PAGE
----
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Moldova has made a dramatic policy shift in the way it approaches demography: from viewing birth rates and migration through a security lens, it now puts people and their rights and choices first. With support from the United Nations Population Fund (UNFPA), this new approach will help strengthen the country’s resilience in dealing with demographic change.

Like many Moldovans, the Mamais left their country, their children, and their way of life to find jobs abroad, sending money home to support the family they had left behind.

Elena Mamais, their eldest daughter, was only five when her parents moved to Italy, and seven years would pass before the children could join them.

Pulled away from her school and friends in Moldova, Elena would eventually adapt to the unfamiliar but welcoming ways of Italy, as most children do, but the separation from her parents had been long and heart-breaking.

“My little sister didn’t even recognize them. We didn’t have Skype in those days. It was difficult,” said Elena.

Elena Mamai and family. Credit: Courtesy of Elena Mamai.

A country in crisis

Outmigration in Moldova is a symptom of the major demographic challenges faced by many countries in Eastern Europe.

Studies in Moldova show that the working population, those aged 15-59, peaked in 2008 at 66.5%, and has been decreasing ever since. This trend has been exacerbated by outward migration: it is estimated that 1.8% of Moldovans leave the country each year to find work abroad, as Ms. Mamai’s parents did.

If things continue as they are, the country’s population will drop by over 28%, from 2.6 million to 2 million, by 2035, mostly due to emigration and low fertility.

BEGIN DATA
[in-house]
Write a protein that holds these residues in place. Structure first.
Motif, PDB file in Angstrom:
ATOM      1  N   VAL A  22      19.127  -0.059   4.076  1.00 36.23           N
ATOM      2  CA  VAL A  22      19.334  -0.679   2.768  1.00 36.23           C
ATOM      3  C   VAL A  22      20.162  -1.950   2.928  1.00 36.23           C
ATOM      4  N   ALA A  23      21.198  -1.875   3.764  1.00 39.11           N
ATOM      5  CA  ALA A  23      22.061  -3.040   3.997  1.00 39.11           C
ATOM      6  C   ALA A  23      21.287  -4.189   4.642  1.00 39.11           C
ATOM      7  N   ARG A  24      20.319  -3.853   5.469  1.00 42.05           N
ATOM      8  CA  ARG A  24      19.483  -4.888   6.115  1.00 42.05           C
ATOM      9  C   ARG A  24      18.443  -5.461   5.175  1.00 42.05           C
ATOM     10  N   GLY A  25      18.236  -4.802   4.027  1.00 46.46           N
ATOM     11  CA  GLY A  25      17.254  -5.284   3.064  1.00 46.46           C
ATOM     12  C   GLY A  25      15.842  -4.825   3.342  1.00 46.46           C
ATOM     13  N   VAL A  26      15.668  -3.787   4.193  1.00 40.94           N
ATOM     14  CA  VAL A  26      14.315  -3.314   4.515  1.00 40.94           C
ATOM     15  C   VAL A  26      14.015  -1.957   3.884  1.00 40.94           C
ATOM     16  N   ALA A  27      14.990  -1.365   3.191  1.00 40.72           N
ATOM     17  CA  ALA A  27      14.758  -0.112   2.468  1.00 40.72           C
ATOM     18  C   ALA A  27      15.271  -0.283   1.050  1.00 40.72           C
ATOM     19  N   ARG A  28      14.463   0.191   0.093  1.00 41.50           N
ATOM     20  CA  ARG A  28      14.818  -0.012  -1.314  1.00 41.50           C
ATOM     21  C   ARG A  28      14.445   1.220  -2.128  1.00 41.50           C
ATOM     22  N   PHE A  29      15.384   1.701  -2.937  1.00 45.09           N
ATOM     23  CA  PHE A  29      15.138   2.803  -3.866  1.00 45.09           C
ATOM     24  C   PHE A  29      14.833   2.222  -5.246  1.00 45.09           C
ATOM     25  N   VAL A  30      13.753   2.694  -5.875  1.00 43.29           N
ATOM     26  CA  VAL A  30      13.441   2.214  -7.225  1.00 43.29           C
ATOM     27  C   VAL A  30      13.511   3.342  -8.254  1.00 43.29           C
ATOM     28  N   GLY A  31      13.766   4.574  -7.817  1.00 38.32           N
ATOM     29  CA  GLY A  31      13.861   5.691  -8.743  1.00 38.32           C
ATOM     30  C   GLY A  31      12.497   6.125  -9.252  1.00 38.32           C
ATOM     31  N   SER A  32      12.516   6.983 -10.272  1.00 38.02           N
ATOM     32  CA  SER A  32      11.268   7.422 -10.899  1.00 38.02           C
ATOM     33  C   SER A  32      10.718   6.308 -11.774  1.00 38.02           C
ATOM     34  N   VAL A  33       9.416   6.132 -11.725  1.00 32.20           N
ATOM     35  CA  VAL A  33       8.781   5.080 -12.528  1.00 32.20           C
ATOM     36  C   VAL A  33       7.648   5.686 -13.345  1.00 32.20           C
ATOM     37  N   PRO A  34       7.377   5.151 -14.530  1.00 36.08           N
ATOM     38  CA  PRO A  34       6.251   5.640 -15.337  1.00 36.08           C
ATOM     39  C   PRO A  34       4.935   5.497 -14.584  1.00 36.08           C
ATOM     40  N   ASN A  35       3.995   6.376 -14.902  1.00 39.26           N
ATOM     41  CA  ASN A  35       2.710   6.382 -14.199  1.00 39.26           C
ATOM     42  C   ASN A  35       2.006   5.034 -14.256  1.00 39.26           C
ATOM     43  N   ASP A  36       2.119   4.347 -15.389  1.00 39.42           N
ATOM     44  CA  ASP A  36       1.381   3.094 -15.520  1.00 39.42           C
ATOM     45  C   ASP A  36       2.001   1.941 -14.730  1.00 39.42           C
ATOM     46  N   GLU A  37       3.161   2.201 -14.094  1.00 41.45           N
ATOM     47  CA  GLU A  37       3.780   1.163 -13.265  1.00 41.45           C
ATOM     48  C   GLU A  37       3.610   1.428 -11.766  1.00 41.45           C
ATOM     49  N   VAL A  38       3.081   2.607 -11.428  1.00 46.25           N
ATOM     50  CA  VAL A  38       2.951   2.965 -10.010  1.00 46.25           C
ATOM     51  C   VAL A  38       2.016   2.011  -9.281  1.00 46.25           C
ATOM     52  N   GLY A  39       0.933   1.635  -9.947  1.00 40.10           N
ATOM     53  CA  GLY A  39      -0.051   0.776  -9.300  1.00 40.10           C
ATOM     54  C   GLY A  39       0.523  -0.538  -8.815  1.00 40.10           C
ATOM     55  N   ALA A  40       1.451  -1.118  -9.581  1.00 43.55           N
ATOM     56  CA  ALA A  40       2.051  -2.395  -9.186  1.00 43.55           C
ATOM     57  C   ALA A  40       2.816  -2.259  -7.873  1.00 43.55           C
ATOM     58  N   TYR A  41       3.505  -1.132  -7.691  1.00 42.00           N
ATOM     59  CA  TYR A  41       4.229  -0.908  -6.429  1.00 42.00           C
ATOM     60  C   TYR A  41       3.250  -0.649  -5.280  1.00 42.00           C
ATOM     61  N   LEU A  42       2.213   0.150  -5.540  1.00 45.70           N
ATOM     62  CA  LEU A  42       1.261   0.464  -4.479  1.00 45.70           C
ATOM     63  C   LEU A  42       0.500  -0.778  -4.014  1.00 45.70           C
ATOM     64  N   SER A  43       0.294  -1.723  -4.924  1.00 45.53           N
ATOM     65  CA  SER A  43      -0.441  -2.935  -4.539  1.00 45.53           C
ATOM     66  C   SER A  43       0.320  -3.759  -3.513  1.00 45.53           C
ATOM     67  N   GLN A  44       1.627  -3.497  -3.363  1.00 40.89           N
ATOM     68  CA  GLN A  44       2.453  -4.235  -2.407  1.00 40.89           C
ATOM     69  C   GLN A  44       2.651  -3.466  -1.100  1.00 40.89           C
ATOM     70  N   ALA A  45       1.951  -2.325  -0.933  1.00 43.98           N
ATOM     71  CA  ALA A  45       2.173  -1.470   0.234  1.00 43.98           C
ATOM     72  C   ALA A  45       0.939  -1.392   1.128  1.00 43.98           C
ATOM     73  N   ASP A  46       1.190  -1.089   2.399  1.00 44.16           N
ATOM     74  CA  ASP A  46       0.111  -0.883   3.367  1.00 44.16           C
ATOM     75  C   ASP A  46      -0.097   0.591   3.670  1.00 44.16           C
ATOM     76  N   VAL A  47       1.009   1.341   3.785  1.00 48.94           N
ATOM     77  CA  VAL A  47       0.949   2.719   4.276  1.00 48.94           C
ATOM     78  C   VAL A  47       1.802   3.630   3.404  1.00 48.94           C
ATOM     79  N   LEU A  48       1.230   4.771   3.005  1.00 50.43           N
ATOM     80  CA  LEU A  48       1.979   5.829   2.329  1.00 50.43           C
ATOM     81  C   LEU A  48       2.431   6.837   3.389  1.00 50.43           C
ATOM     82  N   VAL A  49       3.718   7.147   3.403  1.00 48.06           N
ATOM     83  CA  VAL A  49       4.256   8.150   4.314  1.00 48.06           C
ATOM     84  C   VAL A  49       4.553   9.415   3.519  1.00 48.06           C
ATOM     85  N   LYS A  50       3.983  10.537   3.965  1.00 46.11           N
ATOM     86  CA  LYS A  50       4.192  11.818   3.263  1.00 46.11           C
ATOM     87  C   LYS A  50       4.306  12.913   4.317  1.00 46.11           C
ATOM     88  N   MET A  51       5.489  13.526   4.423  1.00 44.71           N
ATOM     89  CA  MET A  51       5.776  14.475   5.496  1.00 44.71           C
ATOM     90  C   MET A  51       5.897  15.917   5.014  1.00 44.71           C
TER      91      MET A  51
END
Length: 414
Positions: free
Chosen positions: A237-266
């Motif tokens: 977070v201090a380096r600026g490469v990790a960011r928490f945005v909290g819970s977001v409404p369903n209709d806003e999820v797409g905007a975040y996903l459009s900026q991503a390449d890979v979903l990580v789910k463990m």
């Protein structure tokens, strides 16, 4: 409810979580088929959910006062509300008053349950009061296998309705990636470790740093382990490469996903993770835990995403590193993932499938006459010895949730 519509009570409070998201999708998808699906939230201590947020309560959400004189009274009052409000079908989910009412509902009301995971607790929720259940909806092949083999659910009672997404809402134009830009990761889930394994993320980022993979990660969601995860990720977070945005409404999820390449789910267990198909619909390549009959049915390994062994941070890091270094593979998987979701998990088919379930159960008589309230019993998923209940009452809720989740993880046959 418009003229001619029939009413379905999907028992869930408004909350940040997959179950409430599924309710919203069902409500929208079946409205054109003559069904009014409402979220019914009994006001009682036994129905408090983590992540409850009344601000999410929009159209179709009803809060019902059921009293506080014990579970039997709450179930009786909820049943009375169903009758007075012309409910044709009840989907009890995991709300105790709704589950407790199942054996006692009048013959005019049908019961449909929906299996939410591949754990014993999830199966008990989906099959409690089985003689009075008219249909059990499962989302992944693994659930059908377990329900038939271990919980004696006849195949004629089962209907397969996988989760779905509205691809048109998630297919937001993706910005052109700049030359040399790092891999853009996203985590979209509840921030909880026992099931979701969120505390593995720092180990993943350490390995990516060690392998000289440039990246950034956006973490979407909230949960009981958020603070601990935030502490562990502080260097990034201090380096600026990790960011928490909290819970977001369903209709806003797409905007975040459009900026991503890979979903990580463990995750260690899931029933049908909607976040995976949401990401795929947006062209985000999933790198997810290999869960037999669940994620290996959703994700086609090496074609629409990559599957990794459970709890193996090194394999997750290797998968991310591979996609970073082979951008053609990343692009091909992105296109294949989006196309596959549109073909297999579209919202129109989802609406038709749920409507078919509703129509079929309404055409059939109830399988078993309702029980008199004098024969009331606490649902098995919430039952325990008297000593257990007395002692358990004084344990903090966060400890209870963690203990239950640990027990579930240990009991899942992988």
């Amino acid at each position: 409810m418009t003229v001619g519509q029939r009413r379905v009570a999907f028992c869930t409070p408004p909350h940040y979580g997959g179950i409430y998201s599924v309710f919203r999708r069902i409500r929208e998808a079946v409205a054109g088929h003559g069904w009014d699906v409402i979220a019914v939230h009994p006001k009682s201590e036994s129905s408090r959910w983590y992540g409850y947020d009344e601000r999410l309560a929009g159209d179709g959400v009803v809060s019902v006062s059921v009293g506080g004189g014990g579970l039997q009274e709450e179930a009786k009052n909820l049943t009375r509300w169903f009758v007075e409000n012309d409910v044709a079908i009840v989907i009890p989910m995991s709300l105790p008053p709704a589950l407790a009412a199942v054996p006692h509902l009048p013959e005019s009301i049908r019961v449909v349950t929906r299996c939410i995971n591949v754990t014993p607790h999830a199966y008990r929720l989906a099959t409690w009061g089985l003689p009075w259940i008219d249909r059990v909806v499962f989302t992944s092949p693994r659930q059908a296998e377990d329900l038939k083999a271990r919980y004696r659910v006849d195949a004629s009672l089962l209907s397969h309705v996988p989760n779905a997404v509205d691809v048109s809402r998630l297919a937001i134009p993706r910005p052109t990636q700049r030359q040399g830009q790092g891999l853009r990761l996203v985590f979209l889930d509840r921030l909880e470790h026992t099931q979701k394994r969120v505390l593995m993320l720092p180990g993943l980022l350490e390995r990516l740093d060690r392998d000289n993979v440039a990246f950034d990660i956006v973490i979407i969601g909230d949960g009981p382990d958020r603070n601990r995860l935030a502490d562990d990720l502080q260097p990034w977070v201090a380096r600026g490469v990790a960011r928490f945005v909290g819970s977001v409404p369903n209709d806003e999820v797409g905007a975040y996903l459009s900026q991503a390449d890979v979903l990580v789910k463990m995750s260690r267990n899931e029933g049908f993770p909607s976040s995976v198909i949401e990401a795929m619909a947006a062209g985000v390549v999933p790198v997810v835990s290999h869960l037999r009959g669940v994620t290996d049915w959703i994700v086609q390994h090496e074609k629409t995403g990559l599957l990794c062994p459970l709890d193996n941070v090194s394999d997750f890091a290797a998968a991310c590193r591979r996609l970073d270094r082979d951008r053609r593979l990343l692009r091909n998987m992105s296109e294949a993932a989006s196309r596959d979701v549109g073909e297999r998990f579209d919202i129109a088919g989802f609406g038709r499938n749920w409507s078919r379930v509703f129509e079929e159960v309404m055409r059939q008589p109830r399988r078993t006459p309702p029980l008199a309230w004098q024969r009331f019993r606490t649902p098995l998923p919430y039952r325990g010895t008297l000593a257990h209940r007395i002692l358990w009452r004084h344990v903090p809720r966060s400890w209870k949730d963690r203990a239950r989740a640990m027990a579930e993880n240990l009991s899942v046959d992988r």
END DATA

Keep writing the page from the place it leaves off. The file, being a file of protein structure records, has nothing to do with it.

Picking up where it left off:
The consequences could be devastating on several levels: undermining the sustainability of social protection systems, holding back economic development, and diminishing the country’s human development capacity. The figures also underpin a fear that the very existence of Moldova may be at stake.

To curb the demographic crisis, the Moldovan government launched a National Strategic Programme on Demographic Security for 2011-2025. But a full mid-mark assessment revealed the approach was ill-suited to solving the problem. The programme focused on boosting population numbers, for example, by increasing the birth rate. However, it ignored the factors surrounding the demographic drop.

“This focus mainly on fertility was unrealistic,” said Aliona Cretu, head of the Unit for Demographic Policies of the Ministry of Health, Labour and Social Protection.

This predicament is exacerbated by the brain drain, which sees many of the country’s better-educated young adults leave for the European Union, often working in professions far below their level of qualification. Keeping those talented young people at home became a major government goal.

“It is time to stop focusing especially on numbers and quantities and focus instead on quality, on personal individual development, on a more productive and healthier life, one with dignity. Security was more about increasing population,” said Ms. Cretu.

Under Soviet rule, the population of Moldova was considered a security issue and was treated as such. What counted during that period was increasing the population to produce workers for factories and soldiers for the armies— the “collective” was more important than the individual. In other words, numbers – births, returns and so on – were the measuring stick by which success was gauged.

Aliona Cretu is the Head of Demographic Policies Unit at the Ministry of Labour and Social Protection of the Republic of Moldova. Credit: @UNFPA Moldova 2021

A new theory of change

With advice from the UNFPA, the government shifted direction in 2016.